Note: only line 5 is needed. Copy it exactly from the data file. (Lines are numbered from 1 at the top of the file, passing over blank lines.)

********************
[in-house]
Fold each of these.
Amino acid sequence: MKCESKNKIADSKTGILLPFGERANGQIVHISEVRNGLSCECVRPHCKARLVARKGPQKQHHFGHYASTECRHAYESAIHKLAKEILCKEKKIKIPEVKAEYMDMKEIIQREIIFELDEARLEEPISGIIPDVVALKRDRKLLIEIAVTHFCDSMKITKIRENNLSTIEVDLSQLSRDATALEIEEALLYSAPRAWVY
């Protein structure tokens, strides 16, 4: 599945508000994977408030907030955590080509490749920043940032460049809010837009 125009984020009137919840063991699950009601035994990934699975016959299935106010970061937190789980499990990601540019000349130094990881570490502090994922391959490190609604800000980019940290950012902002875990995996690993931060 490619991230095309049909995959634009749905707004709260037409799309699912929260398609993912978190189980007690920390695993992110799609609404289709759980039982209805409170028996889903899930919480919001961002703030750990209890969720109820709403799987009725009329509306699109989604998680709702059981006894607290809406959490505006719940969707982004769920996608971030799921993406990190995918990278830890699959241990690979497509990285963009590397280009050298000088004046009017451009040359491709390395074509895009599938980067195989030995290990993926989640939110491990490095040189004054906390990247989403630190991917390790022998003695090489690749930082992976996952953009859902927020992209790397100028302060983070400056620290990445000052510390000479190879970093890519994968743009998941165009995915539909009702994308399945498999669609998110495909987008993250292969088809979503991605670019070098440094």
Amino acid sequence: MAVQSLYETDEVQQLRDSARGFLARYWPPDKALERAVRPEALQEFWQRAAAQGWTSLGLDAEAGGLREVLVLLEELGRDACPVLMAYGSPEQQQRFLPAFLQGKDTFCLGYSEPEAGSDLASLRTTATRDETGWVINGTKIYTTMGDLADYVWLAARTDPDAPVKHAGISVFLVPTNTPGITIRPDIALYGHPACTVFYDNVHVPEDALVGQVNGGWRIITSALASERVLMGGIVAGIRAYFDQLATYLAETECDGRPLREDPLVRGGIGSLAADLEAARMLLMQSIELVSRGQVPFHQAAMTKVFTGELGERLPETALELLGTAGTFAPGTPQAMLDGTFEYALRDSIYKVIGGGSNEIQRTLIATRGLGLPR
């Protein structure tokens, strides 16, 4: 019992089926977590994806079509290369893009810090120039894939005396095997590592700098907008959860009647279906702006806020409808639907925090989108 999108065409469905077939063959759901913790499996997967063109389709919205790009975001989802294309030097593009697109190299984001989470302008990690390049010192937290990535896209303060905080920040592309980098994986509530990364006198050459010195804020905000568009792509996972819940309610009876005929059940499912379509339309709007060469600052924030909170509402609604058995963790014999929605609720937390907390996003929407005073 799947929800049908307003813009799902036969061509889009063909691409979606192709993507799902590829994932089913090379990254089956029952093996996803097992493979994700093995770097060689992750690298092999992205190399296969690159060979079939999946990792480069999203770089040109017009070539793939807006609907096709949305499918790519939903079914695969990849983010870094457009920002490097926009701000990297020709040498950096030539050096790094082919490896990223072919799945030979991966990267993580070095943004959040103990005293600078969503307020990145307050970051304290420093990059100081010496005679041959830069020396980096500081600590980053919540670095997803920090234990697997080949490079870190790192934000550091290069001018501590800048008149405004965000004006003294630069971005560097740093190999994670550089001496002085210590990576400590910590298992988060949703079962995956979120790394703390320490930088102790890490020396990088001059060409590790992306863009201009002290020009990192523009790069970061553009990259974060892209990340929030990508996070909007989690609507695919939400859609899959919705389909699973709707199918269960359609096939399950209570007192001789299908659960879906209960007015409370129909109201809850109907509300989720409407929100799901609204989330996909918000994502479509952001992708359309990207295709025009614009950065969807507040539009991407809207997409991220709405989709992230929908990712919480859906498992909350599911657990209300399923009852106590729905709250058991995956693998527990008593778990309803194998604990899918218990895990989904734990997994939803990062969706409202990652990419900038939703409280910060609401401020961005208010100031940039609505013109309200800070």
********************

Amino acid sequence: MAVQSLYETDEVQQLRDSARGFLARYWPPDKALERAVRPEALQEFWQRAAAQGWTSLGLDAEAGGLREVLVLLEELGRDACPVLMAYGSPEQQQRFLPAFLQGKDTFCLGYSEPEAGSDLASLRTTATRDETGWVINGTKIYTTMGDLADYVWLAARTDPDAPVKHAGISVFLVPTNTPGITIRPDIALYGHPACTVFYDNVHVPEDALVGQVNGGWRIITSALASERVLMGGIVAGIRAYFDQLATYLAETECDGRPLREDPLVRGGIGSLAADLEAARMLLMQSIELVSRGQVPFHQAAMTKVFTGELGERLPETALELLGTAGTFAPGTPQAMLDGTFEYALRDSIYKVIGGGSNEIQRTLIATRGLGLPR